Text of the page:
Robot scientist finds a toothpaste ingredient could help in the fight against Malaria

Robot scientist finds a toothpaste ingredient could help in the fight against Malaria
The "robot scientist" has helped researchers identify a chemical compound found in toothpaste that could help in the fight against malaria.

A "robot scientist" has helped researchers identify a chemical compound found in toothpaste that could help in the fight against malaria.

The research team, with help from artificially-intelligent robot Eve, has found triclosan - an antibacterial agent which stops plaque from building up on the teeth - could be used as an anti-malarial drug.

Eve was developed by scientists at the Universities of Manchester, Aberystwyth, and Cambridge to speed up the drug discovery process. It is capable of screening over 10,000 compounds per day.

The team believes triclosan could be employed as a drug against strains of malaria parasite that have grown resistant to a currently-used drug called pyrimethamine.

According to the World Health Organisation, nearly half of the world’s population is at risk of malaria. In 2015, there were roughly 212 million malaria cases and an estimated 429 000 malaria deaths.

Professor Steve Oliver, from the University of Cambridge, said: "Drug-resistant malaria is becoming an increasingly significant threat in Africa and south-east Asia, and our medicine chest of effective treatments is slowly depleting.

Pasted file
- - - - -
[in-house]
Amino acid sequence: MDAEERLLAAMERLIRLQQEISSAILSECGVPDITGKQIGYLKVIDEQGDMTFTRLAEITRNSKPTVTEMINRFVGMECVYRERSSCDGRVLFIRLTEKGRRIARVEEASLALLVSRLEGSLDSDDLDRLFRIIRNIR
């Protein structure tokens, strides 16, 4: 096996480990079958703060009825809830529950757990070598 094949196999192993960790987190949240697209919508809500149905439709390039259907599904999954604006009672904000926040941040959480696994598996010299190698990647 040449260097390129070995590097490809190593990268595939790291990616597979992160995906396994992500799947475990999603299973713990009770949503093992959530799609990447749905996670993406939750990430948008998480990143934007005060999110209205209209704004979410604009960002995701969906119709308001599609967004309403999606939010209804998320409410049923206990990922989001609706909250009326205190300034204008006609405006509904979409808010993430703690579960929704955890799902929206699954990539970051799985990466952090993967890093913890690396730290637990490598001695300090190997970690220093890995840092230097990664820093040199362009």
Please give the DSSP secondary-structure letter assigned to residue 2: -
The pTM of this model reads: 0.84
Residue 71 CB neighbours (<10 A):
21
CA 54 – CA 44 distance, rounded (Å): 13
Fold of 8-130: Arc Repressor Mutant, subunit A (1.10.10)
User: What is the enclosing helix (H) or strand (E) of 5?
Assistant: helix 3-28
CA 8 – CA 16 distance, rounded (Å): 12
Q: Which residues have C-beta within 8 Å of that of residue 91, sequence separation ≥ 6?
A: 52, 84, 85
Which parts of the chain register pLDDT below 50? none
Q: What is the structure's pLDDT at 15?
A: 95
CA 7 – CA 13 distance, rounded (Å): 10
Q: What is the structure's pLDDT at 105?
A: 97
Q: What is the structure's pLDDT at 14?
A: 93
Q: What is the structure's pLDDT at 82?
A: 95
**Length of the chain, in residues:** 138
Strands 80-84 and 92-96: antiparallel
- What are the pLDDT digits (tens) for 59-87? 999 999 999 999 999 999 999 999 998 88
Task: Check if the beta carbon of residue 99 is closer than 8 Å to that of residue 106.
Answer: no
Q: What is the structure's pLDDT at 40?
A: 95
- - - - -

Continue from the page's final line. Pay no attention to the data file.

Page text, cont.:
"The search for new medicines is becoming increasingly urgent."

Malaria is caused by parasites that are transmitted to people through the bites of infected mosquitoes.

These parasites first work their way into the liver where they mature and reproduce (liver stage), and then leave to hijack red blood cells where they continue to multiply and spread around the body (blood stage).

The researchers found triclosan to affect growth of the malaria parasite by inhibiting an enzyme called dihydrofolate reductase (DHFR) at the blood stage.

DHFR is already being targeted by pyrimethamine, a well-established anti-malarial drug, but resistance to the drug among malaria parasites is common, the researchers said.

The team showed triclosan was able to act on this enzyme even in pyrimethamine-resistant parasites.

According to the researchers, triclosan also inhibits the action of another enzyme of the malaria parasite, known as enoyl reductase (ENR), at the liver stage.

The researchers wrote in their paper: "This makes triclosan an exciting candidate for further development as a dual specificity antimalarial, which could target both liver and blood stages of the parasite."

Lead author Dr Elizabeth Bilsland, formerly of Cambridge University who now works at the University of Campinas in Brazil, said: "The discovery by our robot ’colleague’ Eve that triclosan is effective against malaria targets offers hope that we may be able to use it to develop a new drug.

"We know it is a safe compound, and its ability to target two points in the malaria parasite’s lifecycle means the parasite will find it difficult to evolve resistance."

Eve is programmed to automatically develop and test hypotheses by running experiments and interpreting the results.

Professor Ross King, from the University of Manchester who led the development of Eve, said: "Artificial intelligence and machine learning enables us to create automated scientists that do not just take a ’brute force’ approach, but rather take an intelligent approach to science.

"This could greatly speed up the drug discovery progress and potentially reap huge rewards."

The research is published in the journal Scientific Reports.

PA

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